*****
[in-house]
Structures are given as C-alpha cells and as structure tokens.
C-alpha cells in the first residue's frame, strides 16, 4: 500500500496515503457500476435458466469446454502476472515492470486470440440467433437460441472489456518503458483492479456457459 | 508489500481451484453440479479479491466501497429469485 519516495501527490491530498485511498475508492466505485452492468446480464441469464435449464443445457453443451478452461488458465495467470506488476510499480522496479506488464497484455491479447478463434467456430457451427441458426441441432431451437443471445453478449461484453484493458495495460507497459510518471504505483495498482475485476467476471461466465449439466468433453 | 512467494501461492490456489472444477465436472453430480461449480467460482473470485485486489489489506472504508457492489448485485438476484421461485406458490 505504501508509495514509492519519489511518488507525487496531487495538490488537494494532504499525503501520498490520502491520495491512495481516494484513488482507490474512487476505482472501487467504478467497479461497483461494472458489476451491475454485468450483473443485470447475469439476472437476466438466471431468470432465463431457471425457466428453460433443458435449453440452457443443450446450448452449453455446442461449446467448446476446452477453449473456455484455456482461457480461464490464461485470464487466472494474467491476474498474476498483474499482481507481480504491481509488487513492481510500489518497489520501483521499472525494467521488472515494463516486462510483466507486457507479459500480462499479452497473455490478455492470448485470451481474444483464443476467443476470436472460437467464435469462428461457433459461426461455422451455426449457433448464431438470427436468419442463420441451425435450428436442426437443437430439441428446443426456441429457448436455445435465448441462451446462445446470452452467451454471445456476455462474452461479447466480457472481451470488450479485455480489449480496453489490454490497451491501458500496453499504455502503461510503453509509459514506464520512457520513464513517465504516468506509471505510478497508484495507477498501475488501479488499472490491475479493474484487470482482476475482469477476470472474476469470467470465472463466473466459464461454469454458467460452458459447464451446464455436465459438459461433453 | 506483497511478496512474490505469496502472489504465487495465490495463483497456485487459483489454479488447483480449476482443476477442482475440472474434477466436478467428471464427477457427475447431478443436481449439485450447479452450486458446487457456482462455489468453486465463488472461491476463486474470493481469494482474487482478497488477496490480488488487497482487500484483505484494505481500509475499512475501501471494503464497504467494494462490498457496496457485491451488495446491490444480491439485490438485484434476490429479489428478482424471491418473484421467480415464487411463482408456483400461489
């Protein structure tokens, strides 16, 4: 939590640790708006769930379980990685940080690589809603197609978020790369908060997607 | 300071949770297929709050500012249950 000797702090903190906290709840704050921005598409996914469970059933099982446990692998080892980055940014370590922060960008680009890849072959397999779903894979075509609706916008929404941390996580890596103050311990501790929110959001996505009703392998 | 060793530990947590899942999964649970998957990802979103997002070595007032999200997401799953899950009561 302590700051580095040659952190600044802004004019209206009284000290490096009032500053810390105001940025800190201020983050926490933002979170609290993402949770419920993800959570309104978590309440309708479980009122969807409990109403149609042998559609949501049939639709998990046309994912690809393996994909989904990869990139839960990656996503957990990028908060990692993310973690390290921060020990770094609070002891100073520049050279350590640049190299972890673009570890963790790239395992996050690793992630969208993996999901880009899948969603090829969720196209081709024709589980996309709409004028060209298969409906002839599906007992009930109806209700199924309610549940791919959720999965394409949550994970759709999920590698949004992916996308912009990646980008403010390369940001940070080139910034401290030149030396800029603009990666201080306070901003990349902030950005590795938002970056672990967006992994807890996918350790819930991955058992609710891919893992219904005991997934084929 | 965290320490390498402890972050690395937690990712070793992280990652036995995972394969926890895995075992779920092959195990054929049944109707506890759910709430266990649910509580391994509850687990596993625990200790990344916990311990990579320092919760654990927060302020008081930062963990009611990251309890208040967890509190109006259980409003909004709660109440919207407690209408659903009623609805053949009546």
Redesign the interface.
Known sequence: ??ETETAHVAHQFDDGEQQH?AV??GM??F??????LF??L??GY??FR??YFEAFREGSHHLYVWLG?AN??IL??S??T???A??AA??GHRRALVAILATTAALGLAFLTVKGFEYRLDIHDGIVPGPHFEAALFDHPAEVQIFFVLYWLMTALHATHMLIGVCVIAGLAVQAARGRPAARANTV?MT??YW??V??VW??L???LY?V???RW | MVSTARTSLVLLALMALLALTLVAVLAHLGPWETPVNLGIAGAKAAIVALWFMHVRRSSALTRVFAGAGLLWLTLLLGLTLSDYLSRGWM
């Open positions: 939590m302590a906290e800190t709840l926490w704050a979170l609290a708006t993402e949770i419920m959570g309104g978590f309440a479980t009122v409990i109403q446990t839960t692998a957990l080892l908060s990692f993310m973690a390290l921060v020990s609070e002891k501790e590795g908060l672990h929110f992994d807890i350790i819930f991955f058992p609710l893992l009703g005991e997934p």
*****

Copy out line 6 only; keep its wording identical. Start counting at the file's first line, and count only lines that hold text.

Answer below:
Known sequence: ??ETETAHVAHQFDDGEQQH?AV??GM??F??????LF??L??GY??FR??YFEAFREGSHHLYVWLG?AN??IL??S??T???A??AA??GHRRALVAILATTAALGLAFLTVKGFEYRLDIHDGIVPGPHFEAALFDHPAEVQIFFVLYWLMTALHATHMLIGVCVIAGLAVQAARGRPAARANTV?MT??YW??V??VW??L???LY?V???RW | MVSTARTSLVLLALMALLALTLVAVLAHLGPWETPVNLGIAGAKAAIVALWFMHVRRSSALTRVFAGAGLLWLTLLLGLTLSDYLSRGWM